"But as soon as INTEGER values are read off of disk and into memory for processing, they are converted to the most general datatype (8-byte signed integer)."

Given that, it is not surprising there are no boolean literals.

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There are only 5 datatypes supported in SQLite3.

From the Official SQLite3 doc. "Each value stored in an SQLite database (or manipulated by the database engine) has one of the following storage classes:

NULL. The value is a NULL value.

INTEGER. The value is a signed integer, stored in 1, 2, 3, 4, 6, or 8 bytes depending on the magnitude of the value."

If you are going to store 1s and 0s, then SQLite wil use 1 byte if storage. Which is not bad. Official Doc link :- http://www.sqlite.org/datatype3.html

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BOOLEAN -> NUMERIC (Affinity)

Column Affinity

SQLite supports the concept of type affinity on columns. Any column can still store any type of data but the preferred storage class for a column is called its affinity. Each table column in an SQLite3 database is assigned one of the following type affinities: Affinity Description

  • TEXT This column stores all data using storage classes NULL, TEXT or BLOB.
  • NUMERIC This column may contain values using all five storage classes.
  • INTEGER Behaves the same as a column with NUMERIC affinity with an exception in a CAST expression.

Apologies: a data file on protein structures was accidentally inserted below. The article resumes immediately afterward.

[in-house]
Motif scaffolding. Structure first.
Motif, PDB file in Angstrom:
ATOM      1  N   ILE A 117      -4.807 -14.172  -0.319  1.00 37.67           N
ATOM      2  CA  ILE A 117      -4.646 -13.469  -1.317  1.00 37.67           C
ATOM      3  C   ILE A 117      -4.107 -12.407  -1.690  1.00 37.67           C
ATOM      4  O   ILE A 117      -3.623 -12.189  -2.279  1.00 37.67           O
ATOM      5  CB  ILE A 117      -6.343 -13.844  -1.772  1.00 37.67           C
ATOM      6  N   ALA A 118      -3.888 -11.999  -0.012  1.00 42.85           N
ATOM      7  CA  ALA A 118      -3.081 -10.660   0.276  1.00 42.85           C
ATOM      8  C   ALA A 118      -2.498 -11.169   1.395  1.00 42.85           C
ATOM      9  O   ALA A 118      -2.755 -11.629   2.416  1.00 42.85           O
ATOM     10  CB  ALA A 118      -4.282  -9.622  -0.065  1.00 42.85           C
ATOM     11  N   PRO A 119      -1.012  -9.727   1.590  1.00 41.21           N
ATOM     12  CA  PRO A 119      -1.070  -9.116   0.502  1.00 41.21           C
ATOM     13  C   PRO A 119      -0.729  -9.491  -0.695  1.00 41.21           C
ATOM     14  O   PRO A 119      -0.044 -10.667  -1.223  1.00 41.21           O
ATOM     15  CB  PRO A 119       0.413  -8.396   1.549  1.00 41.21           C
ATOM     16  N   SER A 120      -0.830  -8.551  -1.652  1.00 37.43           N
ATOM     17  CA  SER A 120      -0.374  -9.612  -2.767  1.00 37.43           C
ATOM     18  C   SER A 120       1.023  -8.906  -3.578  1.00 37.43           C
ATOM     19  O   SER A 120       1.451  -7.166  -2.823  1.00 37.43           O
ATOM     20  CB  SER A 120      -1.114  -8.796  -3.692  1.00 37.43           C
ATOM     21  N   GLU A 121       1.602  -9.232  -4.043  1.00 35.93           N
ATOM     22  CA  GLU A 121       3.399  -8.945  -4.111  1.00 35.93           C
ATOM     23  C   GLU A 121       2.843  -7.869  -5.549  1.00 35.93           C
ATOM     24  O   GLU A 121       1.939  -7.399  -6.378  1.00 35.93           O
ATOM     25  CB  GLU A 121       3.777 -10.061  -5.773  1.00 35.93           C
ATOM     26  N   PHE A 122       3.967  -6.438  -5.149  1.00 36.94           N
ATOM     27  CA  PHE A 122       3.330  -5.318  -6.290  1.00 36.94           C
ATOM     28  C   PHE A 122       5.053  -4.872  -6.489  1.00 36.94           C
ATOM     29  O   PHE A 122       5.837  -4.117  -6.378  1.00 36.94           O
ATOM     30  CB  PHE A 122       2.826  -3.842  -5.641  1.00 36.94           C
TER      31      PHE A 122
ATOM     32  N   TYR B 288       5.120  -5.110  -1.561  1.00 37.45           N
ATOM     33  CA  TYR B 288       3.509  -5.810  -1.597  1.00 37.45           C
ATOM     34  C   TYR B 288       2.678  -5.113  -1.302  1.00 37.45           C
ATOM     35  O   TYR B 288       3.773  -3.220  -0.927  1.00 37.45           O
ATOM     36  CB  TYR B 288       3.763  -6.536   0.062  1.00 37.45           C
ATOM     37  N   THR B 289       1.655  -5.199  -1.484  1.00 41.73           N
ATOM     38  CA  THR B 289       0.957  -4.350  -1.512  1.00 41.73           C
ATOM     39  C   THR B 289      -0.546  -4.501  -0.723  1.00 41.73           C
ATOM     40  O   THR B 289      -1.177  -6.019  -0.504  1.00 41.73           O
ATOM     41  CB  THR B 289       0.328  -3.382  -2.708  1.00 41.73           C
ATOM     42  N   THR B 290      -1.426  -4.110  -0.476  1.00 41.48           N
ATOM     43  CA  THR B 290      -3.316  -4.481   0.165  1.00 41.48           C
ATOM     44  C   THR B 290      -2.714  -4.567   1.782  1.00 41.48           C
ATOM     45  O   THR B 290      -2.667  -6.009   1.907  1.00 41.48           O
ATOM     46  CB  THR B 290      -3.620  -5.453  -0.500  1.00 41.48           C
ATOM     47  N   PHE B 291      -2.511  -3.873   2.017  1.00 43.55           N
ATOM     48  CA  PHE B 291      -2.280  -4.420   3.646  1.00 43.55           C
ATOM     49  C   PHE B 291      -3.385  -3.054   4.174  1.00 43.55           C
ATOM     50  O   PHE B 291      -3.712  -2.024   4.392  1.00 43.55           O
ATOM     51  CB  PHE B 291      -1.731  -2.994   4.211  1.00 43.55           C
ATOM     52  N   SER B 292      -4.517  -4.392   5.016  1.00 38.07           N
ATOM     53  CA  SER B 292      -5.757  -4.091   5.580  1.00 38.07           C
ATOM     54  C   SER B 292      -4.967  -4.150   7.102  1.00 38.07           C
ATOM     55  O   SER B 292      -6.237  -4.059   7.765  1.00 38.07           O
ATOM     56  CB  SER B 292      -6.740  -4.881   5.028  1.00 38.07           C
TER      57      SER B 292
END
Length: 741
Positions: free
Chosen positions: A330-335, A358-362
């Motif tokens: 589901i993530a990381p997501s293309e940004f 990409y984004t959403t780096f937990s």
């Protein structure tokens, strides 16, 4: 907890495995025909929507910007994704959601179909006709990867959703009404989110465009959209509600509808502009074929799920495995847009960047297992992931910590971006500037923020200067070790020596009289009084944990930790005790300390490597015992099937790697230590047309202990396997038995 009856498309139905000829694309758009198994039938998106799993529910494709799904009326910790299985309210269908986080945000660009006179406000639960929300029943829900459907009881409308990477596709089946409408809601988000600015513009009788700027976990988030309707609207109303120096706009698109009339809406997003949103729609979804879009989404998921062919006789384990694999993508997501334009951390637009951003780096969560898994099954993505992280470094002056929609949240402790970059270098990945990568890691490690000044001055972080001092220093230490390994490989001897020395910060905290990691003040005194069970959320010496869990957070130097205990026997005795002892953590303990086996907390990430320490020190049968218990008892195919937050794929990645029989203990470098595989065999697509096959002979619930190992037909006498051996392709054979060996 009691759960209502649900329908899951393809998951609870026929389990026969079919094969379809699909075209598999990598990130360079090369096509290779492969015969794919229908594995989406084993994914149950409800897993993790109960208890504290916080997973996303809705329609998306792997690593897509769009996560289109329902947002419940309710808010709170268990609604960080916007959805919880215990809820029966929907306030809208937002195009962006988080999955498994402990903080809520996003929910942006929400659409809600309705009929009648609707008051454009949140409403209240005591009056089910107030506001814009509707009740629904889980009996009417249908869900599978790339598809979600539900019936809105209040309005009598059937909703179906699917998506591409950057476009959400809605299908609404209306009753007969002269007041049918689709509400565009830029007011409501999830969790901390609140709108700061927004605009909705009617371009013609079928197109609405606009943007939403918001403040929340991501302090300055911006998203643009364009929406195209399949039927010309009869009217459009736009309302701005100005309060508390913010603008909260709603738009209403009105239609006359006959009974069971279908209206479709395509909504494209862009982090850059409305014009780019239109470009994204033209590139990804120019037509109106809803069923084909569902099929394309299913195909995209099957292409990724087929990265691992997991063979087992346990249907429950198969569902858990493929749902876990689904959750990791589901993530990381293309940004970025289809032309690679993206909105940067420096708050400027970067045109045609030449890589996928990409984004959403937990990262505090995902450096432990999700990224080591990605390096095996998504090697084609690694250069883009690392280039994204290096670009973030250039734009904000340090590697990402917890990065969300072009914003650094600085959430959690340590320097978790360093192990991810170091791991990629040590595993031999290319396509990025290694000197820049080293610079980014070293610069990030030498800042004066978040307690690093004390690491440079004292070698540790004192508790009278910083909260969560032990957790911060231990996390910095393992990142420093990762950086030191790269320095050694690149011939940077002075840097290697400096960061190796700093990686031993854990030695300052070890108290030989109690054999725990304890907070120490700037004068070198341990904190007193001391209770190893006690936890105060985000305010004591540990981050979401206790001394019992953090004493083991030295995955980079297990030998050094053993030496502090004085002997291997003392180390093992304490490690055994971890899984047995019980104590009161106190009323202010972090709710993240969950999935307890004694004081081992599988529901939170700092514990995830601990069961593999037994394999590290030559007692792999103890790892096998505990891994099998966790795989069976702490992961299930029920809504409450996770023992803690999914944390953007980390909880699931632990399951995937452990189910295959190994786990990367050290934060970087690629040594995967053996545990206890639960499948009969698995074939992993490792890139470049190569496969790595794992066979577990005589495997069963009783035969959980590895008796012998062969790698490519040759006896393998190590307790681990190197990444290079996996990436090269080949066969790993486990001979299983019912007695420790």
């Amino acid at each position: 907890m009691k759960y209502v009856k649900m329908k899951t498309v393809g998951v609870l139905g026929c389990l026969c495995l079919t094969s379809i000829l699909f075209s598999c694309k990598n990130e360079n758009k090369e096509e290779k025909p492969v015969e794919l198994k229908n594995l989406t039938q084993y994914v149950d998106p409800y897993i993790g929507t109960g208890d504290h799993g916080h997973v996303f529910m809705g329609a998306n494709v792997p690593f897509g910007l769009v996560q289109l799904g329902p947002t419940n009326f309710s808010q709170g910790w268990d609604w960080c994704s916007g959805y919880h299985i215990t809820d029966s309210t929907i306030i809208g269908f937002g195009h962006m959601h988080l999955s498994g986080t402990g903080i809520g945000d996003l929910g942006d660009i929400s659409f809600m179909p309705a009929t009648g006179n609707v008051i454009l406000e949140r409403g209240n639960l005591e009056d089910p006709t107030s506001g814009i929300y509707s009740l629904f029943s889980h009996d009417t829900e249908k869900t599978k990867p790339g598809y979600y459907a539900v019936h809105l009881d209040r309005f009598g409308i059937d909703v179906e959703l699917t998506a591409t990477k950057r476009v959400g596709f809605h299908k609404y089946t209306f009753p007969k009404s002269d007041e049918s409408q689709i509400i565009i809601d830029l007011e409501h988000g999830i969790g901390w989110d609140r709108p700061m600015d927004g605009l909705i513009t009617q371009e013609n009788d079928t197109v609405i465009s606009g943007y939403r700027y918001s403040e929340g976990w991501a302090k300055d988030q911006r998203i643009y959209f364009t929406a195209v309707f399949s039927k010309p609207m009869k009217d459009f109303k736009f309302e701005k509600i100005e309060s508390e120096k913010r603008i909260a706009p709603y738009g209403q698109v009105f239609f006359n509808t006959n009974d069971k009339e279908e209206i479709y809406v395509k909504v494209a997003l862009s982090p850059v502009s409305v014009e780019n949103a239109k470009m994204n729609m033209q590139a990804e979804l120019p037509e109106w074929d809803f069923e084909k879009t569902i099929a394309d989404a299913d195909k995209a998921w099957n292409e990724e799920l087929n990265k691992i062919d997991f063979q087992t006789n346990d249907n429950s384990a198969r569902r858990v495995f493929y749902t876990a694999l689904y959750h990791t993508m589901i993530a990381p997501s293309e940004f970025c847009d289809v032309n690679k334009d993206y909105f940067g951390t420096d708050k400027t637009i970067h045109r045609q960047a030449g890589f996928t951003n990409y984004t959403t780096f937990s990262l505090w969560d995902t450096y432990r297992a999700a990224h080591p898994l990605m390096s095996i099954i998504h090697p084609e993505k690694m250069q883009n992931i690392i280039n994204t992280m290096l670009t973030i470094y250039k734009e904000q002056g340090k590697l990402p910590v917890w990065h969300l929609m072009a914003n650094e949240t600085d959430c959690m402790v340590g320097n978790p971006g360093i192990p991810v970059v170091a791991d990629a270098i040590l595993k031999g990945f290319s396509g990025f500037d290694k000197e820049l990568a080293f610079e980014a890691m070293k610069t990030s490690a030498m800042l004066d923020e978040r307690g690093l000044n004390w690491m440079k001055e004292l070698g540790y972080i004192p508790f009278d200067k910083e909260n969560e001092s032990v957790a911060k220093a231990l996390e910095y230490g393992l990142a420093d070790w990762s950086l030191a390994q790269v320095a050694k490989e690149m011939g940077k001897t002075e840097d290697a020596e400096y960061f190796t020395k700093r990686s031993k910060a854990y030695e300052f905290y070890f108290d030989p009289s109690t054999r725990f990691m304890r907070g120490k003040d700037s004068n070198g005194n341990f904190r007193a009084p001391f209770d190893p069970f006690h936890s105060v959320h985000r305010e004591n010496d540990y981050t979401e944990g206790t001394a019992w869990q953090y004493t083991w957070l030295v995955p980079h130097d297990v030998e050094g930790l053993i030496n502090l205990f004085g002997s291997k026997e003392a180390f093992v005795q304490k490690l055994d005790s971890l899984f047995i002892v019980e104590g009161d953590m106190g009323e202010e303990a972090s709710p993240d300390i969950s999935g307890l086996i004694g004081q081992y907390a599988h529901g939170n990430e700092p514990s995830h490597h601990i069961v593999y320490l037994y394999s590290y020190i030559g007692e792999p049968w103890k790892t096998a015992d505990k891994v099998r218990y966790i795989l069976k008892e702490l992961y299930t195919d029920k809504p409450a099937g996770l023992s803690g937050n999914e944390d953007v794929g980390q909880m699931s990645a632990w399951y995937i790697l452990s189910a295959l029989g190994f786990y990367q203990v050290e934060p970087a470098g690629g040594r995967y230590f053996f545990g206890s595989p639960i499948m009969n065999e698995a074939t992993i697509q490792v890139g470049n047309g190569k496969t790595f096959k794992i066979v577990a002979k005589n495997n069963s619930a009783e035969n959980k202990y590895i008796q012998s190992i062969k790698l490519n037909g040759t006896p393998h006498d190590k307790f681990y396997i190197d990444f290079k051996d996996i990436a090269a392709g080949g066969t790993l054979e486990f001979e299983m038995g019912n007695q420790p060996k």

• REAL Behaves like a column with NUMERIC affinity except that it forces integer values into floating point representation
  • NONE A column with affinity NONE does not prefer one storage class over another and no attempt is made to coerce data from one storage class into another.

Boolean Datatype:

SQLite does not have a separate Boolean storage class. Instead, Boolean values are stored as integers 0 (false) and 1 (true).

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I noticed in sqlite for android, I can declare a Boolean column type with no error and its seems to work fine. I also tried defining the column as 'int' and storing java boolean values. I downloaded the db and confirmed I'm writing "true" in the column. I think it just works.

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Now there is boolean literal available on sqlit3 we can use it by :boolean

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Any reference or further details? –  laalto Sep 1 '14 at 7:13
    
yes, you can refer following git github.com/pervez8ktt/add-boolean-field-to-sqlite3 –  Pervez Sep 17 '14 at 12:43
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Ok, so it's about rails and not sqlite per se. –  laalto Sep 17 '14 at 12:47
    
yes, its about sqlite with rails in development mode. :) –  Pervez Sep 17 '14 at 13:22
    
This does not provide an answer to the question. To critique or request clarification from an author, leave a comment below their post - you can always comment on your own posts, and once you have sufficient reputation you will be able to comment on any post. –  cpburnz Feb 24 at 18:57